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A declaration is a statement which tells the parser exactly how to style an element. Where a selector tells what is being styled, a declaration tells how the selector is styled. You essentially declare what the selector will look like. This page will detail what composes a declaration and show how to use them.

Declaration Syntax

The purpose of the declaration is to tell the parser how to style the selector. You do this with the following syntax:


Notice the following:

  • All of the declarations are encased in the curly braces. The declarations in the curly braces will apply to the selector.
  • Each declaration is separated with a semicolon (;).
  • The new lines and indentions are not needed, but they make the code more readable.

Each declaration has two parts: a property and a value. The property indicates what part of the selector will be styled, and the value is the style that goes with the property. When considering how each declaration is simply a property and its value, the full CSS syntax becomes the below:

    property: value;
    property: value;

Properties and values will be detailed below.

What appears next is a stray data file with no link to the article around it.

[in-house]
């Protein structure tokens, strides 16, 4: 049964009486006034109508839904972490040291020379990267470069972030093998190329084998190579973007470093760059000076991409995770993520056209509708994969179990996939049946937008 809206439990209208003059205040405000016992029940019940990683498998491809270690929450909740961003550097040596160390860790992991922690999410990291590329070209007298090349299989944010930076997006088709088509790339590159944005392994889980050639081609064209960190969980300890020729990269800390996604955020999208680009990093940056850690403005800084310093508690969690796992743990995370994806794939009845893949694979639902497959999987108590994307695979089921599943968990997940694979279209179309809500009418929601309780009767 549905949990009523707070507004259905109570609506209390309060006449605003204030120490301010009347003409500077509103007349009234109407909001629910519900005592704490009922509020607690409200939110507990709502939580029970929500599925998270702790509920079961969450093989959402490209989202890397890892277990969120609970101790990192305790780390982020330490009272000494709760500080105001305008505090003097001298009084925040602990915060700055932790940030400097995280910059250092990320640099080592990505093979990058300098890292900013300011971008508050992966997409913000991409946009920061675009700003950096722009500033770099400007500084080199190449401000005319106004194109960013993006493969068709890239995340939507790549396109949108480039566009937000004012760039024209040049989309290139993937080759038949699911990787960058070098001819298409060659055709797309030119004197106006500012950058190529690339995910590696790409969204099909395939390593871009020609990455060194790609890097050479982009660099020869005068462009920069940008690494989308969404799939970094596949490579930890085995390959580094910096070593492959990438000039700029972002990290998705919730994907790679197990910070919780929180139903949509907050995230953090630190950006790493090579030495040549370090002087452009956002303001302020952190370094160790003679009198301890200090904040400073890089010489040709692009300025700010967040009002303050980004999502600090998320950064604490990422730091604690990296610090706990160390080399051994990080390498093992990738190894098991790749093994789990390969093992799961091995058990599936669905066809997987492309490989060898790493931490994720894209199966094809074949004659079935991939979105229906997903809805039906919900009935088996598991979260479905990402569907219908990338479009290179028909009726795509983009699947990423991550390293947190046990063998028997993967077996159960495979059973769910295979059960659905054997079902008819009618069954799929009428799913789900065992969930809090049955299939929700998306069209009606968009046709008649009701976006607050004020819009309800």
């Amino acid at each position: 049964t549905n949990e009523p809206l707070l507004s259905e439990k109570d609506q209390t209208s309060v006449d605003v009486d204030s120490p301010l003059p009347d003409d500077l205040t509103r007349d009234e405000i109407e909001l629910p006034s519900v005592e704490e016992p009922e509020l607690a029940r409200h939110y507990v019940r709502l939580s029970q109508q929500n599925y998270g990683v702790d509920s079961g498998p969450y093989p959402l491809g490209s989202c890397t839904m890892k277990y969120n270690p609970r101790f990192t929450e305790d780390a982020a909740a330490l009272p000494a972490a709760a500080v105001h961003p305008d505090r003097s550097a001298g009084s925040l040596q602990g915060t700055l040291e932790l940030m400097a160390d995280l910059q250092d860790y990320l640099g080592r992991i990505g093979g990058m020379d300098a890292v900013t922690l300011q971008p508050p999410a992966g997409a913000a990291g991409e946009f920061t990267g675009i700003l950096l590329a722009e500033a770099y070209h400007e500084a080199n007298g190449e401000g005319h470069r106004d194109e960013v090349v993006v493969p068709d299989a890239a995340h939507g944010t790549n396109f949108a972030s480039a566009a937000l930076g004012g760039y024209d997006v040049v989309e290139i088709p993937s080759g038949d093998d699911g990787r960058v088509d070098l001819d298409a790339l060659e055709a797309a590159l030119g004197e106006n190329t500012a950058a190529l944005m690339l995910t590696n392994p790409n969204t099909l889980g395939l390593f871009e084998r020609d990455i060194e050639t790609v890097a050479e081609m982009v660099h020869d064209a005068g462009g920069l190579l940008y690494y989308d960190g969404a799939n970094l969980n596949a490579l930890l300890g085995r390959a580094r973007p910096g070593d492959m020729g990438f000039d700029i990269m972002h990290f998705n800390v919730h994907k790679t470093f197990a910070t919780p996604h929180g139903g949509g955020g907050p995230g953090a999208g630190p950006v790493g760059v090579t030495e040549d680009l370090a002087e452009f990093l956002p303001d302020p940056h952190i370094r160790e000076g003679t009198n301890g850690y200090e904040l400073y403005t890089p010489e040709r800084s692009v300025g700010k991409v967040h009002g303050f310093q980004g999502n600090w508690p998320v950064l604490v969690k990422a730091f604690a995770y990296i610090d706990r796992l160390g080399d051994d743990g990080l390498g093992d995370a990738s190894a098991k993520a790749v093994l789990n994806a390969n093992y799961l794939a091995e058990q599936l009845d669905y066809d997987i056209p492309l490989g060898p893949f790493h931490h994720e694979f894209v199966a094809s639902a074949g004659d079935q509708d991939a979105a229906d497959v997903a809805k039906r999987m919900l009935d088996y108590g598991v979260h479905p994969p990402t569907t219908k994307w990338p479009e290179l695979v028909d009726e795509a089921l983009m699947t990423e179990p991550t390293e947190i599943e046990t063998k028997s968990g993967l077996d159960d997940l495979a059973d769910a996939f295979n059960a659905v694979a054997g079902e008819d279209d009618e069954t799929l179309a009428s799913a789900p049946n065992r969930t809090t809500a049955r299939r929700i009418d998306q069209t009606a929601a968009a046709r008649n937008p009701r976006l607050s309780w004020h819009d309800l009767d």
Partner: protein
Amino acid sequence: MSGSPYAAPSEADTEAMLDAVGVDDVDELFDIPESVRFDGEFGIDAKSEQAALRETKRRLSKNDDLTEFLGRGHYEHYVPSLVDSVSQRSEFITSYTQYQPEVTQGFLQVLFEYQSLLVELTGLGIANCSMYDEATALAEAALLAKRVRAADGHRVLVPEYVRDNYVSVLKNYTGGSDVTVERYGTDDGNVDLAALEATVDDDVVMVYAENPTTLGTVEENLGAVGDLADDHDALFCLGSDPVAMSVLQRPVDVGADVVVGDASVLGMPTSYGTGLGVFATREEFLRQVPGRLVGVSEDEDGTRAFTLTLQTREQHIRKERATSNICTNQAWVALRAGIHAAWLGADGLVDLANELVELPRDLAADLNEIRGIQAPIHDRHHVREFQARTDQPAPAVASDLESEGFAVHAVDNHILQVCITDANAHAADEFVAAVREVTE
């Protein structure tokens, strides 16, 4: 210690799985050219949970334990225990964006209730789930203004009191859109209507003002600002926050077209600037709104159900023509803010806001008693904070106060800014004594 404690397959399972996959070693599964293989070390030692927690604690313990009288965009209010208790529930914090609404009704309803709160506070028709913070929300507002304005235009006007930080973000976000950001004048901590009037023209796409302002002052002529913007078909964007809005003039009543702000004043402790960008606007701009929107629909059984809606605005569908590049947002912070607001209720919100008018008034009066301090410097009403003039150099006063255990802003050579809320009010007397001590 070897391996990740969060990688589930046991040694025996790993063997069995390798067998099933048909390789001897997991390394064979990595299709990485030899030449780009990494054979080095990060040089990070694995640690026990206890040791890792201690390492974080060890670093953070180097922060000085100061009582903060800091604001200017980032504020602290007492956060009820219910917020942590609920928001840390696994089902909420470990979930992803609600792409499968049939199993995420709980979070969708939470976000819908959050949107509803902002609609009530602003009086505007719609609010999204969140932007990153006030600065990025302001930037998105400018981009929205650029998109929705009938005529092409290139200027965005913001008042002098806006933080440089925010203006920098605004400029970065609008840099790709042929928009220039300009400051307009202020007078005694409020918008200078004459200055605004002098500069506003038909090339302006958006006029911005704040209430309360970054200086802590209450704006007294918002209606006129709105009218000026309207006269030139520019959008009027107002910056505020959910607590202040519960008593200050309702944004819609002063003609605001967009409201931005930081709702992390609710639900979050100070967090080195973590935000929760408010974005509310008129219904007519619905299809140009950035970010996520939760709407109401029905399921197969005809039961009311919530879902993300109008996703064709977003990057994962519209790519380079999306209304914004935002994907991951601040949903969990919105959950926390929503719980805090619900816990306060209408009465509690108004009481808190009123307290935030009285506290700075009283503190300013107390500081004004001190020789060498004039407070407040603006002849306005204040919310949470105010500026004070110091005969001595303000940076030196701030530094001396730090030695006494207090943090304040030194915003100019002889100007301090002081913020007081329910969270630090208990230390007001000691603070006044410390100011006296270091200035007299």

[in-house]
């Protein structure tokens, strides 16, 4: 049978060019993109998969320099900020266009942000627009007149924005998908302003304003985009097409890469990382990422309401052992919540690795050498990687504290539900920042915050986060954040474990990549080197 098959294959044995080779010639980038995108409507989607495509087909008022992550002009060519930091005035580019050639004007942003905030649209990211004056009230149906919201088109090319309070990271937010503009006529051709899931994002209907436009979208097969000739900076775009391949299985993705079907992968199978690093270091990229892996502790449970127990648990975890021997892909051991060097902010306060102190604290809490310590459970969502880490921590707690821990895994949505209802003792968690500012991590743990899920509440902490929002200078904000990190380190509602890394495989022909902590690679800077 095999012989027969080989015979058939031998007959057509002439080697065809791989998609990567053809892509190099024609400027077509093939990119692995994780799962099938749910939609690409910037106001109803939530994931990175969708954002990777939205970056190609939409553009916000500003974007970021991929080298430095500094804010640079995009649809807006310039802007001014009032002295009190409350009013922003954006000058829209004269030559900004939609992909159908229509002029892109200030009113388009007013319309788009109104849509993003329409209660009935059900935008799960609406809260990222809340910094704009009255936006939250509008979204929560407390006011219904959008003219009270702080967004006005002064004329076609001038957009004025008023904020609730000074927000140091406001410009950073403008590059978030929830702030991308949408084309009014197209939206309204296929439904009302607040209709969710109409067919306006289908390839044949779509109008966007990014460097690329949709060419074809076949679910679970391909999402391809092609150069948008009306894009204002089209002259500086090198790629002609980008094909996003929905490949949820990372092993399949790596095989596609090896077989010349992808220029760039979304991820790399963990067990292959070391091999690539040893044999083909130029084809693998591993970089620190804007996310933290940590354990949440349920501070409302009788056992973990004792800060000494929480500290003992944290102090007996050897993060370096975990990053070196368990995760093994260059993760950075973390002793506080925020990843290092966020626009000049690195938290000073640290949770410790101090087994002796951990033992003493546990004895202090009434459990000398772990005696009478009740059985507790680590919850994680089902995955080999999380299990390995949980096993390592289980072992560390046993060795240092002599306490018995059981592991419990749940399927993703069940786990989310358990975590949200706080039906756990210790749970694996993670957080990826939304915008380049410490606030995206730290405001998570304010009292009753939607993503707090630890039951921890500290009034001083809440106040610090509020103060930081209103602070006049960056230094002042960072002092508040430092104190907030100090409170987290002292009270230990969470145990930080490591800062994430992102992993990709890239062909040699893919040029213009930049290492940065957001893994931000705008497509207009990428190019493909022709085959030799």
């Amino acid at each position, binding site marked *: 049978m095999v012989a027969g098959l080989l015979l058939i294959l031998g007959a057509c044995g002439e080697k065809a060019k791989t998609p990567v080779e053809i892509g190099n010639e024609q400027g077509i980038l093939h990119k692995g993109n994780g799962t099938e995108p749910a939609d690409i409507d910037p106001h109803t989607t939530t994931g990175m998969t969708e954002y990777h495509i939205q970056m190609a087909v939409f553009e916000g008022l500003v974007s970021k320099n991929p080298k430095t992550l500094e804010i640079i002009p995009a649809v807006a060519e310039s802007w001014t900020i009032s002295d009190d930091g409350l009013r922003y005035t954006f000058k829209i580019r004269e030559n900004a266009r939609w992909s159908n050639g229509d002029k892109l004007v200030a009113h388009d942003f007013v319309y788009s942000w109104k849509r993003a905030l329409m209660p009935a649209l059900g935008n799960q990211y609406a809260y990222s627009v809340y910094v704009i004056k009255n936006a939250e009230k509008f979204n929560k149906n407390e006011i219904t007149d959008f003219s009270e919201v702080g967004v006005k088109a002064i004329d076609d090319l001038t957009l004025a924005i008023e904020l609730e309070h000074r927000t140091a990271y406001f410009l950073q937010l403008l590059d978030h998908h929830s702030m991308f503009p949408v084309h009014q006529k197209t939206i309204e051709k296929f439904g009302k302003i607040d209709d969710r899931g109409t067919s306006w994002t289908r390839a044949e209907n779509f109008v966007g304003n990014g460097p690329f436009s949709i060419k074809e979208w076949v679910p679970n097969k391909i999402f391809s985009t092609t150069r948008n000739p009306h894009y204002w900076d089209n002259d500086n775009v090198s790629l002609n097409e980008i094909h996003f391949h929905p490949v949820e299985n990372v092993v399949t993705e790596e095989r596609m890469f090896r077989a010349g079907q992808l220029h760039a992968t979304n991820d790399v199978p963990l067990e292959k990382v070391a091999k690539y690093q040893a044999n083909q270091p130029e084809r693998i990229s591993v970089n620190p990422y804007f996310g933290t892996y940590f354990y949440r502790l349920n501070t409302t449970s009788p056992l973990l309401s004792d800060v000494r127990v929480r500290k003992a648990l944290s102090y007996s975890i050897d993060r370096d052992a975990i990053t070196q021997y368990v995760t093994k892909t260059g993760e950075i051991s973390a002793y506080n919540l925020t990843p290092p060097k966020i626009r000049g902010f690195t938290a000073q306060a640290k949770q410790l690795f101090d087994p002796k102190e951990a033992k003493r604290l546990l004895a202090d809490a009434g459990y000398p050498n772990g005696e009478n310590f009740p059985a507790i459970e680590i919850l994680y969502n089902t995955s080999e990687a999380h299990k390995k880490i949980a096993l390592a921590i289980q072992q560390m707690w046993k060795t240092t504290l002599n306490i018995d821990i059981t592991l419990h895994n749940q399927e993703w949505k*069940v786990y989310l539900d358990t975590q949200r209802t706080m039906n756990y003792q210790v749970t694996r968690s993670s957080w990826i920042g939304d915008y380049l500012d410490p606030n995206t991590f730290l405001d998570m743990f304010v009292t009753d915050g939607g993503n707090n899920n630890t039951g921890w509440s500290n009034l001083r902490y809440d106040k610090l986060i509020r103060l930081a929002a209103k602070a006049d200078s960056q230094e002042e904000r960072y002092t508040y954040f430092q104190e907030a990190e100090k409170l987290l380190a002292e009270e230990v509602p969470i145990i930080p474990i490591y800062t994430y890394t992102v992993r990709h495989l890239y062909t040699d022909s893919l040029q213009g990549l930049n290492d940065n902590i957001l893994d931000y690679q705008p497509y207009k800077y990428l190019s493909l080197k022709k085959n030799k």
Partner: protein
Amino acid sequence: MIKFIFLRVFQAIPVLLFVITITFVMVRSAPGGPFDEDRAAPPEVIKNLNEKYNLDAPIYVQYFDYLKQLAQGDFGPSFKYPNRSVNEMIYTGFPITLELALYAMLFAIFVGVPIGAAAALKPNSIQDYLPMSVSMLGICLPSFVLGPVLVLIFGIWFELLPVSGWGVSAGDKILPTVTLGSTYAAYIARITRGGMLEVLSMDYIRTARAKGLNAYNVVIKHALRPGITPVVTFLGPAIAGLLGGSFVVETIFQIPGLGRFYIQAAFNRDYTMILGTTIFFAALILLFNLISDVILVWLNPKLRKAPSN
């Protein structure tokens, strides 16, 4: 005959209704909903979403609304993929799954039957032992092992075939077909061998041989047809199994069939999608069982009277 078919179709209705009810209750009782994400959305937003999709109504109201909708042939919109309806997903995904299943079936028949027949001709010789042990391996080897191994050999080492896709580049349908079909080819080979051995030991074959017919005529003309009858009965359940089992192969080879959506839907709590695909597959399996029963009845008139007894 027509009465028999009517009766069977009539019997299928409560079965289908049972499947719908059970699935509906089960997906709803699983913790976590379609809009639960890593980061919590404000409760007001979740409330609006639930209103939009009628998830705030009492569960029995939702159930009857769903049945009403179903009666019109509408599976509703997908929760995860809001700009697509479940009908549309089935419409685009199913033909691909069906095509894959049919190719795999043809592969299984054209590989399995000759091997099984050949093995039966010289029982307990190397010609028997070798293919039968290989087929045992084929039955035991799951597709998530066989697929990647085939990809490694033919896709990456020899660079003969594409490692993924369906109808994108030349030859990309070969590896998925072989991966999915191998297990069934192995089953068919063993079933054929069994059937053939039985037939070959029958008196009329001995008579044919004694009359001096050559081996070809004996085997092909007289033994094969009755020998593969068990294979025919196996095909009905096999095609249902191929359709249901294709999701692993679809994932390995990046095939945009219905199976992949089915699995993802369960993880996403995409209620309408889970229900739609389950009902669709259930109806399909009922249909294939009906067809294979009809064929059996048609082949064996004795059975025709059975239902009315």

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A property of an element is a particular specific of its styling. In other words, a property could be thought of as a part of the element that has looks. For instance, let us say that we have a Texas Instruments calculator like the one displayed to the right. We'll call the entire calculator an element. We can then say that the properties of this calculator are the case, body, buttons, and screen. These things compose the calculator, and by altering them we can change the calculator's looks.

A property in CSS operates similarly. They are the things that compose an element that we can change. The [[div]] block below clearly shows its border, text color, width, and padding properties.

I am a Wikidot [[div]] block, and though I have many properties, I clearly show my border, color, width, and padding properties.

A property definition in CSS is followed by a value which is detailed below.


A value is the actual styling that an element's property will take on. The value comes directly after its respective property, and depending on what the value is, the property of the selector indicated will take on that value.

For instance, we can have a [[div]] block with a background-color property. We want the background's color to be magenta, so all we need to do is assign the background-color property with the magenta value for the appropriate selector.

The [[div]] block below has the class "pretty" which has been assigned the above property and value.

I am pretty (:

What CSS code would you use to accomplish the above?

In Practice

Results CSS
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